Dr. Keith Roach: There are many causes of weight loss
Dear Dr. Roach: A year ago, I weighed 175 pounds. My wife was quite concerned when I started to lose weight. I am generally in good shape.
I visited my local internist, and he ordered a series of blood tests, CT and MRI scans, and a brain scan, all of which were favorable.
However, I continue to lose weight, and am now down to 155 and also quite concerned. I feel well, and eat three good meals each day, including dessert.
Have you run across this before? Can you give my doctor and me your advice?
Dear W.M.K.: Unexplained weight loss is not an uncommon problem in clinical medicine. There are many causes, and I am sure your internist has looked for many of them.
There are way too many for me to list, but they come in five general categories:
The first is not getting or absorbing enough calories. Malabsorption states, such as sprue or chronic pancreatitis, can keep your body from getting enough nutrition despite eating plenty. Diarrhea is almost universal in these cases.
The second is losing the calories you are taking in, and out-of-control diabetes mellitus is by far the most common cause.
An elevated metabolic rate is third, and hyperthyroidism is the classic example.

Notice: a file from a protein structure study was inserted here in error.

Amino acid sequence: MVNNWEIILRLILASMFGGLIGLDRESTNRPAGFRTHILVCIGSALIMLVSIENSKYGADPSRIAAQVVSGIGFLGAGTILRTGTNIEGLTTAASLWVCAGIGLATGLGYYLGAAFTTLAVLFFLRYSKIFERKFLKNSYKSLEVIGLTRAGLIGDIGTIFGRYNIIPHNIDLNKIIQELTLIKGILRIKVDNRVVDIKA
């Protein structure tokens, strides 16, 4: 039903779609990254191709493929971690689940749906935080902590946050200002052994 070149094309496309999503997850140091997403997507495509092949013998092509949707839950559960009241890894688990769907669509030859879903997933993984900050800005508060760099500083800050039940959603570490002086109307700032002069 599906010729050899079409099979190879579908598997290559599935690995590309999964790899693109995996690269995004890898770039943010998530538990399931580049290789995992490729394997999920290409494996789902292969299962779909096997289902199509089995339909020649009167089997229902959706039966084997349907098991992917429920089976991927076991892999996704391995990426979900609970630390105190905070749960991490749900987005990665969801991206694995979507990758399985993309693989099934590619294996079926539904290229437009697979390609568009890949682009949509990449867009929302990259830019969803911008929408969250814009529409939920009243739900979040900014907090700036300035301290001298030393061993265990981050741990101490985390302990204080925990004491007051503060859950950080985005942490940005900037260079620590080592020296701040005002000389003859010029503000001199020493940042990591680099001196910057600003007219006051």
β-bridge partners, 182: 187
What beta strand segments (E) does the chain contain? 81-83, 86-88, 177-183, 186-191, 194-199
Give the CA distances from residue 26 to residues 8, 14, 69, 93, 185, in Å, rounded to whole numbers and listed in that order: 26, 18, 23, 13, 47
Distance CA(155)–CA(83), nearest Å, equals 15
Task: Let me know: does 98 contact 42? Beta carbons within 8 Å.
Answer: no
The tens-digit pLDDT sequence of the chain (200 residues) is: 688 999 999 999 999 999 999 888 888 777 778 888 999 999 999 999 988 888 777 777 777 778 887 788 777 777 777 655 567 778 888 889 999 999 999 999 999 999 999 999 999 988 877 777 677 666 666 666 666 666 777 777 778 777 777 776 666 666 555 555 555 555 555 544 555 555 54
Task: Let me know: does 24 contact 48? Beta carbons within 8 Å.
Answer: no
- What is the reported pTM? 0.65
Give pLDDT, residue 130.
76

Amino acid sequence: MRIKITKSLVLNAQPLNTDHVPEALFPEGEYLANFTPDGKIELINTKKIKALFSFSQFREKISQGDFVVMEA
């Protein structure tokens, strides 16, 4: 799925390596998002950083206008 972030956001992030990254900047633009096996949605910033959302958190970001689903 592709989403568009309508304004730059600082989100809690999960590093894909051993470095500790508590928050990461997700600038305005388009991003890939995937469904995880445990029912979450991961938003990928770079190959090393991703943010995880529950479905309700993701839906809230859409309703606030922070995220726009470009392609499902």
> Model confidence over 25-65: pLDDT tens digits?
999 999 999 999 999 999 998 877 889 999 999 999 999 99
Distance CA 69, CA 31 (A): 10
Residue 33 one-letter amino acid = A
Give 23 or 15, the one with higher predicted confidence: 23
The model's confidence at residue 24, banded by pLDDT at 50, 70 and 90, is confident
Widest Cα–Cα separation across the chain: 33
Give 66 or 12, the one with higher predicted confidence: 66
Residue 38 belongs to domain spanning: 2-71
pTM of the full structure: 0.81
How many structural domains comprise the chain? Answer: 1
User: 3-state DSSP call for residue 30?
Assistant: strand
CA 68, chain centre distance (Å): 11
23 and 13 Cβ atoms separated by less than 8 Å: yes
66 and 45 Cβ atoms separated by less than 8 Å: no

Chronic disease is the fourth, and cancer in particular has several ways it can cause weight loss. Chronic infections also sometimes show progressive weight loss.
The fifth major category is psychiatric disease, especially depression, but anorexia nervosa, as well.
Sometimes no cause can be found, and sometimes people gain back the weight.
However, it’s also the case that a condition reveals itself after months or even years, so you and your doctor need to diligently look for symptoms (that you notice) and signs (that he discovers on exam or by laboratory findings) that might indicate why you are losing weight.
The fact that you are eating well and still losing weight suggests a hypermetabolic state, or calorie loss. I’d be willing to bet that your doctor looked at your thyroid, but you haven’t mentioned stool studies; fat in the stool is the simplest test for malabsorption.
Dear Dr. Roach: My doctor states that my body could tolerate 3,000 milligrams per day of Tylenol. I am 87 years old and in poor health.
Is he correct?
Dear R.B.: Depending on the exact reason for your poor health, your doctor probably is right.
A daily total limit of 3,000 mg of acetaminophen (Tylenol) is generally considered safe for most adults.
However, in the presence of significant liver disease or in people with heavy alcohol use, a limit of 2,000 mg is safer.
Email questions to ToYourGoodHealth@med.cornell.edu.